Total amount of material removed in the final iteration (3 runs = 30 h), as a function of dwell time in each area element of 2.6 × 2.6 mm2 (pixel size). A linear relation at a removal rate of 13 mm3/h (shown as a solid line) is expected for an entirely deterministic process. The true deviations from this behavior amount to 10.6%, which is the attained level of non-determinism and represents the standard deviation of the points with respect to the best-fit line.

4.3. Polishing example: PSD and polishing of Fabry-Perot etalons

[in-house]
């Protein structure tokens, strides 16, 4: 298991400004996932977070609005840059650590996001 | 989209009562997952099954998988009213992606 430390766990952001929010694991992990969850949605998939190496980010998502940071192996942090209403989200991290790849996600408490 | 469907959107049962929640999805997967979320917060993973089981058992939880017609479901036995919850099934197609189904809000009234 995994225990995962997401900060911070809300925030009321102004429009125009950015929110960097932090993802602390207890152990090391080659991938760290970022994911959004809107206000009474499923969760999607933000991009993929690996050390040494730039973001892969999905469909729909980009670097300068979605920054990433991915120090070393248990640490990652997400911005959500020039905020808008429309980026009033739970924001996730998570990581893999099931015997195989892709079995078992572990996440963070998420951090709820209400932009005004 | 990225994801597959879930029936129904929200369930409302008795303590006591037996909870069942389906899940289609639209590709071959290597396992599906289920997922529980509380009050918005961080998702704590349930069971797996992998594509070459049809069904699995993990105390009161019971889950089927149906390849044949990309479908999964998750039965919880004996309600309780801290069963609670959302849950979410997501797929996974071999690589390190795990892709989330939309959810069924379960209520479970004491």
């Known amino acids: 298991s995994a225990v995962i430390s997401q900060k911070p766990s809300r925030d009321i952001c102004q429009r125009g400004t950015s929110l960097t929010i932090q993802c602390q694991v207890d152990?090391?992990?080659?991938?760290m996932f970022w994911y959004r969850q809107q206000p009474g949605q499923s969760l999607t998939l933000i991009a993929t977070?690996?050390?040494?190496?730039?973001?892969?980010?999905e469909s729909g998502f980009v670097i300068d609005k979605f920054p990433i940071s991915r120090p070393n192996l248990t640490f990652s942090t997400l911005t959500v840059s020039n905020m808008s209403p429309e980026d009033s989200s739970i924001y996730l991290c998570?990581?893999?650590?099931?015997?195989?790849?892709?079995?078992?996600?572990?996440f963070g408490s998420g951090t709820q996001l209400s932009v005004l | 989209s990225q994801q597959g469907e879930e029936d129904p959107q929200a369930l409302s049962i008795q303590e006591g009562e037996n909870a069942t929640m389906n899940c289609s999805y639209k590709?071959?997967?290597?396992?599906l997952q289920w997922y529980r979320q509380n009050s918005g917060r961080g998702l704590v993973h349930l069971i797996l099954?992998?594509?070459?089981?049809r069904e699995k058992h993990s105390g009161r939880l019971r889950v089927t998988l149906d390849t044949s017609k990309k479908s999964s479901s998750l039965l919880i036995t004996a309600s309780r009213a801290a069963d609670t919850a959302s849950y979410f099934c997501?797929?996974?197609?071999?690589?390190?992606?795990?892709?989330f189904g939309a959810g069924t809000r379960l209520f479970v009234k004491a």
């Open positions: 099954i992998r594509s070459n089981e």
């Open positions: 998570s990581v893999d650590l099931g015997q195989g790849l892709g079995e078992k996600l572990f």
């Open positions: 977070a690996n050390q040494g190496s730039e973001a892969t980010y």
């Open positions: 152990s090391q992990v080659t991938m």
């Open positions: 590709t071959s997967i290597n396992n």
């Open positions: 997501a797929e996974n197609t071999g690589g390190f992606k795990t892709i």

Three components in the power spectral density (PSD) of the residual surface errors that are related to the footprint diameter of the tool DH exist for any given polishing method. In the low frequency domain (L >> DH), the surface errors (optical figure) are a function of the stability of the polishing parameters during the polishing run, while at the high-frequency domain (L << DH), the physics of the polishing process determine surface quality (micro-roughness). In the case of mid-spatial frequencies (L~DH) surface quality depends on the geometry and overlap of the polishing trajectories. We obtained PSD measurements as described in [4] and references therein. The PSD is discussed using the results obtained while polishing four 50 mm etalon plates to better than λ/100. These 50 mm diameter water-free fused silica plates are used in an NIR scanning Fabry-Perot interferometer. These surfaces were polished using the HyDRa tool discussed in Section 4. Surface measurements were taken with a phase-shifting (PS) Fizeau interferometer in order to quantify the figure with a 180 μm pixel size projected onto the surface. A PS Linnik interferometer with 2× and 50× objectives (equivalent pixel sizes of 7.6 and 0.16 μm) was used to determine mid- and high-spatial frequencies, respectively. In Figure 11a, the 2-dimensional power spectrum PSD2 vs. spatial frequency is plotted. It can be noted that three overlapping regimes exist that correspond to the series of instruments that were used to evaluate the surface quality. The integrated RMS values for each regime are 3.8, 1.5 and 2.9 nm for low-, mid- and high-spatial frequencies, respectively. The overall slope is approximately described as f2.5 . Since in this section the physics of the HyDRa tool are described, emphasis will be made on the PSD high spatial-frequencies (micro-roughness). For lower frequencies, i.e. meter-class optics, where it is crucial to achieve a very high stability of the operational parameters, refer to [13]. Figure 12b shows one of four etalon plates that were polished.